Oracle cranks up MySQL 5.6 features and speeds

Oracle cranks up MySQL 5.6 features and speeds

Summary: The new features and improved performance now available with the launch of MySQL 5.6 are designed to appeal to its core web, cloud and mobile heartland.

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The latest version of Oracle's widely deployed MySQL open-source database is now available for download, offering improvements designed to appeal particularly to web, cloud and embedded-application environments.

MySQL 5.6 includes some notable new features, such as NoSQL access to the InnoDB storage engine, along with faster execution times and better diagnostics, according to Tomas Ulin, vice president of MySQL engineering.

When the previous version was released just over two years ago, it was hailed by the community and others as the highest quality MySQL release ever, said Ulin. "We have great hopes that this will be an even greater release in terms of quality and content," he said.

NoSQL access

Ulin said the key features in 5.6 are subquery optimisations, online DDL, NoSQL access for InnoDB, and new instrumentation via Performance Schema. "Also, we're doing overall performance, scalability, reliability and manageability improvements," he added.

For improved execution times and diagnostics, work has gone into the way MySQL deals with subquery optimisations to ensure there are no unnecessary round-trips to access data. "That has given really substantial [improvements] — we're talking 10, 100 times faster, depending on what type of queries we are running, of course," Ulin said.

MySQL 5.6 also offers index condition push-down and batch-key access. "[These] also can improve certain types of queries by up to 280 times, so that's also huge gains for those queries that are affected," he said.

According to Ulin, another feature that has been requested for a long time is to have Explain in conjunction with Insert, Update and Delete operations. "We've got a lot of positive feedback about that in our pre-releases of this. You can understand much more easily what's going on in the optimisation steps," he said.

To improve performance throughput, a lot of changes have been made in the InnoDB storage engine. "For read-only workloads we can see over three times faster execution times," Ulin said.

"This kind of improvement especially shows itself when you're running high-concurrency workloads on multicore machines. We can now show scalability linearly up to 48 cores in our labs."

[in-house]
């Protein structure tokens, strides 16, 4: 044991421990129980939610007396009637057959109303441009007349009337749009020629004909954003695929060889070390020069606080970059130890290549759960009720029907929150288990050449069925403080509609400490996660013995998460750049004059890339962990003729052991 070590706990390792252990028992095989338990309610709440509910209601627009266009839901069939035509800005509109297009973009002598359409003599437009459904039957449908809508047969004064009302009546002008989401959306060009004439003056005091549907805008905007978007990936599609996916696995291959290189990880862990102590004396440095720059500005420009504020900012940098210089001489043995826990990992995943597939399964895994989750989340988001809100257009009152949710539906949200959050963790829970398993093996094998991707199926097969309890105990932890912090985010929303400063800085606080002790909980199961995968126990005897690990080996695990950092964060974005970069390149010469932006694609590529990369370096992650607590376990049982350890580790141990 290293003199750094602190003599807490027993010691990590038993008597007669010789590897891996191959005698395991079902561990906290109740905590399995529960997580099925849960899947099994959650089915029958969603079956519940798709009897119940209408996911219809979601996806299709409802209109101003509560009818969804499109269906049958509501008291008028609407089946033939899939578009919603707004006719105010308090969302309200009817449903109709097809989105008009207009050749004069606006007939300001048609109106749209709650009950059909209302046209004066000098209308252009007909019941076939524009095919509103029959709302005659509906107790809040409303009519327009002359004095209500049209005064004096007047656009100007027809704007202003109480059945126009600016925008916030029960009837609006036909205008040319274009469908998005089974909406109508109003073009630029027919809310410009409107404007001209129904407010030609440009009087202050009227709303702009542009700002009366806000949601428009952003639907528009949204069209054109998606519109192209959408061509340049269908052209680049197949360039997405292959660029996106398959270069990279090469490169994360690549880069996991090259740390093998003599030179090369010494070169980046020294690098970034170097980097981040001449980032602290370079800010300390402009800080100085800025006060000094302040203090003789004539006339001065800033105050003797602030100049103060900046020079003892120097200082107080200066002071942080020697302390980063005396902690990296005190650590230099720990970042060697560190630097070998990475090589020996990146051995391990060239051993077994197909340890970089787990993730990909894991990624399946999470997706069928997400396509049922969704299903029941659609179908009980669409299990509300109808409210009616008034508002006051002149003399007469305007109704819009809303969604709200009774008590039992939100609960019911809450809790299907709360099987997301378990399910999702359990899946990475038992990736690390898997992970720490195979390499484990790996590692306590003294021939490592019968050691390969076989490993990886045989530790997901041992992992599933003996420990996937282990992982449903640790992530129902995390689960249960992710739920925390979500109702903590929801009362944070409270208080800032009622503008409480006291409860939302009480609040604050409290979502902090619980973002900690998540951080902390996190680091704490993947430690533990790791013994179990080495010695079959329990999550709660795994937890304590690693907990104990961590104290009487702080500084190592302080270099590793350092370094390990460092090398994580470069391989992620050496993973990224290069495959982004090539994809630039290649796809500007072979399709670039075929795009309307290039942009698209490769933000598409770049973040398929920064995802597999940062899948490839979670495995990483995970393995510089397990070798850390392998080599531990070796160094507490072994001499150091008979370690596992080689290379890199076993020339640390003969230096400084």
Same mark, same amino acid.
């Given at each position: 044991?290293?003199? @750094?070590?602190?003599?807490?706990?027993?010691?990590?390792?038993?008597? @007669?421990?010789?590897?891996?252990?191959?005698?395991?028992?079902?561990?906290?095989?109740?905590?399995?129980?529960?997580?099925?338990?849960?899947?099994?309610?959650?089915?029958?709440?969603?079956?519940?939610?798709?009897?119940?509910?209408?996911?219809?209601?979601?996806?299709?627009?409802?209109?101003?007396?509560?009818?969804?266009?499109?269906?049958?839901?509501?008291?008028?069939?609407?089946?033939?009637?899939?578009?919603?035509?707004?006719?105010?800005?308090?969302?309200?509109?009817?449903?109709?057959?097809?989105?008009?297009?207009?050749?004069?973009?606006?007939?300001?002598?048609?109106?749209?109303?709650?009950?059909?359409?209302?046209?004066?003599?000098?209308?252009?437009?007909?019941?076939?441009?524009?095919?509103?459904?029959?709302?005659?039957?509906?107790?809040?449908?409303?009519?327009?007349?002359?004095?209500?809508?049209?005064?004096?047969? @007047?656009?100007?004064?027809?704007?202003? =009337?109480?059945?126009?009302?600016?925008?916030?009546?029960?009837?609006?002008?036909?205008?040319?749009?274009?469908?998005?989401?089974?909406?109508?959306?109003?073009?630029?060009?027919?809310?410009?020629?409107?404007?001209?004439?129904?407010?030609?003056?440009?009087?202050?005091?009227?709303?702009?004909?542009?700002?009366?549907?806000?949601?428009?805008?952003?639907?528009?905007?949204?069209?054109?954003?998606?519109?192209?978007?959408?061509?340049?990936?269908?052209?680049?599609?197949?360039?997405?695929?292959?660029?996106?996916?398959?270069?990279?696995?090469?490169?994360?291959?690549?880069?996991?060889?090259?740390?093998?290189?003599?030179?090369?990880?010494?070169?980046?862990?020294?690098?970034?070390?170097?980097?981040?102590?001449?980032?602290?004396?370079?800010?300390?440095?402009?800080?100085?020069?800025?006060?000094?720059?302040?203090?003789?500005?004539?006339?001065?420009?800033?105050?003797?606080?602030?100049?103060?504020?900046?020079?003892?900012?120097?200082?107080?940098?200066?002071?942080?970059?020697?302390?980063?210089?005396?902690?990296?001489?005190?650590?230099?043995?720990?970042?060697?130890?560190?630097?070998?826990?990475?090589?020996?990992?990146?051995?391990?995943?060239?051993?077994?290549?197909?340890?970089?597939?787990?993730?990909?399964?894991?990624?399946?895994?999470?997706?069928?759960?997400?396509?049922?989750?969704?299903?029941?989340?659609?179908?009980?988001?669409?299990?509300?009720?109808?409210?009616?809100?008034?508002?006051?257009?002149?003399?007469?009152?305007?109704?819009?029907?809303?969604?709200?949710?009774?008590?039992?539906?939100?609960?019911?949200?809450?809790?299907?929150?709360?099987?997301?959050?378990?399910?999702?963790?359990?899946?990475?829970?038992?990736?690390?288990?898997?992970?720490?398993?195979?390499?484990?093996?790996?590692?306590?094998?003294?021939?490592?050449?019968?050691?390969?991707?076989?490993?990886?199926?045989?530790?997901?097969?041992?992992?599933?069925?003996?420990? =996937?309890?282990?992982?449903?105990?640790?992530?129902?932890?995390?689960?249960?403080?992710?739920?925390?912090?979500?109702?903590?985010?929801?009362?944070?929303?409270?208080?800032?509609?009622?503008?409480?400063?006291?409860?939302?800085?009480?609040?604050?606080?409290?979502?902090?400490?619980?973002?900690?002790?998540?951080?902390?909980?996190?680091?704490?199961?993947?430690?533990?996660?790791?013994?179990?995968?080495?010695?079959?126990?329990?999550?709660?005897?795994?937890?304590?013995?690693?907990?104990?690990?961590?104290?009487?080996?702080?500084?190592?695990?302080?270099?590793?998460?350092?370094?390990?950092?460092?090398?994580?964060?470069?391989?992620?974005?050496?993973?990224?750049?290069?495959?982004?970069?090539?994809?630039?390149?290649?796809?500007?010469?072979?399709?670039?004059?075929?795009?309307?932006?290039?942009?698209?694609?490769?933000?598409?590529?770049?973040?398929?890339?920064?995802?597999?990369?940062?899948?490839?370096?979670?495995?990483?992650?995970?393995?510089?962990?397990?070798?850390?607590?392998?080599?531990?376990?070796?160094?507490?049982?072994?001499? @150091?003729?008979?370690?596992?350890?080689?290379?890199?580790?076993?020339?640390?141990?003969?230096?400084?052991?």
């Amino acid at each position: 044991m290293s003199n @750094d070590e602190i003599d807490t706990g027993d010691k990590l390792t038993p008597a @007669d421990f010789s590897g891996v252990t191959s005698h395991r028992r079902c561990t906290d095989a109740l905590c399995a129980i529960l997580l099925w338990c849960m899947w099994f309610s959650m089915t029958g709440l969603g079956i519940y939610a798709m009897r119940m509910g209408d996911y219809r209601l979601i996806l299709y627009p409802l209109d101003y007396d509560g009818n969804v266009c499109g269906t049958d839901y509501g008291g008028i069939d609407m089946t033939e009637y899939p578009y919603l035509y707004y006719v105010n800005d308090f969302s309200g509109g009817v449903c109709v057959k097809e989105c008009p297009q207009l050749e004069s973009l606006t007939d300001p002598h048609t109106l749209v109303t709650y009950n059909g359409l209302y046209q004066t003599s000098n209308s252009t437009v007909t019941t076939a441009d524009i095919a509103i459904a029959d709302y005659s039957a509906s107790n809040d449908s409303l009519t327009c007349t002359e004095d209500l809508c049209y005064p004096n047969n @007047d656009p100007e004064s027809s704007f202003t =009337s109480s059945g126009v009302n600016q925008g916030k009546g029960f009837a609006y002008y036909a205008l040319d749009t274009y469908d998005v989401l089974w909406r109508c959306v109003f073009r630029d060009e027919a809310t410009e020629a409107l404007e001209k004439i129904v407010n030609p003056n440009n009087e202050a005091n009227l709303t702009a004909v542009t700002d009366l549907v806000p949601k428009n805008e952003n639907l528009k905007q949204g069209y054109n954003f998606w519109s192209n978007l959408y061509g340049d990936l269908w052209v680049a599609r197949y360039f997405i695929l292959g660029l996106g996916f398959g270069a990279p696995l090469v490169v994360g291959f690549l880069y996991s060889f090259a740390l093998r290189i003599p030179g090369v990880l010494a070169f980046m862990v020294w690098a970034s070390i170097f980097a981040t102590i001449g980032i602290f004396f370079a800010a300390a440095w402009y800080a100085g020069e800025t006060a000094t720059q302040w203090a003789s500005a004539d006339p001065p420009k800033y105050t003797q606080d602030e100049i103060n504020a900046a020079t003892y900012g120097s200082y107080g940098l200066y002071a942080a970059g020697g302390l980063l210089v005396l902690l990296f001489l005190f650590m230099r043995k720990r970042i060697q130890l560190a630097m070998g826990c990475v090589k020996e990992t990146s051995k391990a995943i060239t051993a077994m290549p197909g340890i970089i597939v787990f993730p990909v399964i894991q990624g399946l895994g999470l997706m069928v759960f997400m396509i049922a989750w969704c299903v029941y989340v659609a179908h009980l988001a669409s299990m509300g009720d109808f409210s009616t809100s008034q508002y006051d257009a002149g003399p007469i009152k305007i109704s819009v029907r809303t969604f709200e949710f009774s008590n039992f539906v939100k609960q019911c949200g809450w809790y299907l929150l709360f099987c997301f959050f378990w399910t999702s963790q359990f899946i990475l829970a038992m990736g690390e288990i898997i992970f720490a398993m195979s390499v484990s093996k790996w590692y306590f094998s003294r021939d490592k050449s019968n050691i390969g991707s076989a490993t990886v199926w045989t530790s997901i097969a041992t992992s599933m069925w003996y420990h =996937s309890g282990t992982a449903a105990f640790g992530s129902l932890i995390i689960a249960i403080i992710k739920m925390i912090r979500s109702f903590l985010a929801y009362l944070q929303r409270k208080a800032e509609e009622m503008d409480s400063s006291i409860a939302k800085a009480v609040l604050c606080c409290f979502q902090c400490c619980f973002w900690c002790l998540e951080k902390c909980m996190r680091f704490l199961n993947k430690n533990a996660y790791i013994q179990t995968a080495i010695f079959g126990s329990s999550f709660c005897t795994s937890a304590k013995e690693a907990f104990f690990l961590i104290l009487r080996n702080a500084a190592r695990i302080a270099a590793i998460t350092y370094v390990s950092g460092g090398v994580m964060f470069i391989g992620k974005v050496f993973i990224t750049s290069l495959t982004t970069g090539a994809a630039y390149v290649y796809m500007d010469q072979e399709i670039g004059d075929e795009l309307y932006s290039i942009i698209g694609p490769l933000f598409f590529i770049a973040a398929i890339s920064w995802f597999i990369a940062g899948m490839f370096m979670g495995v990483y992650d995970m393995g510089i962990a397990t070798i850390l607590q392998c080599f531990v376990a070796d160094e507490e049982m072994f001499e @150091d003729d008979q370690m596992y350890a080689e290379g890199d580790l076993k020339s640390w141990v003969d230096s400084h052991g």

Online DDLs

Another MySQL 5.6 feature related to InnoDB is being able to do online schema changes and online DDLs. "When you want to add indexes, drop indexes, add columns, drop columns, and a number of other changes to the schema, you don't have to lock your tables or anything like that. Data is available all the time," Ulin said.

"You can continue to do updates and modifications without any service downtime."

Full text search is now possible with InnoDB. "Having full text indexes [was] something that in previous releases was only available through MyISAM [the storage engine before 5.5]. So we continue to build on our strategy that InnoDB should be the major storage engine for all types of workload and all types of applications."

Ulin said MySQL historically has enjoyed a "sweet spot" in the web environment and all the new features will benefit those working in that sector.

"In general where we're focusing is web, telecoms — the embedded space — and SaaS and ISVs markets and that focus will continue. We don't think these feature sets will help us focus on any specific new markets," he said.

Topics: Enterprise Software, Big Data, Cloud, Data Centers, Data Management, Mobility, Open Source, Oracle

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  • Does Anybody Still Care?

    Seems like the exodus to the MariaDB fork is gathering momentum.
    ldo17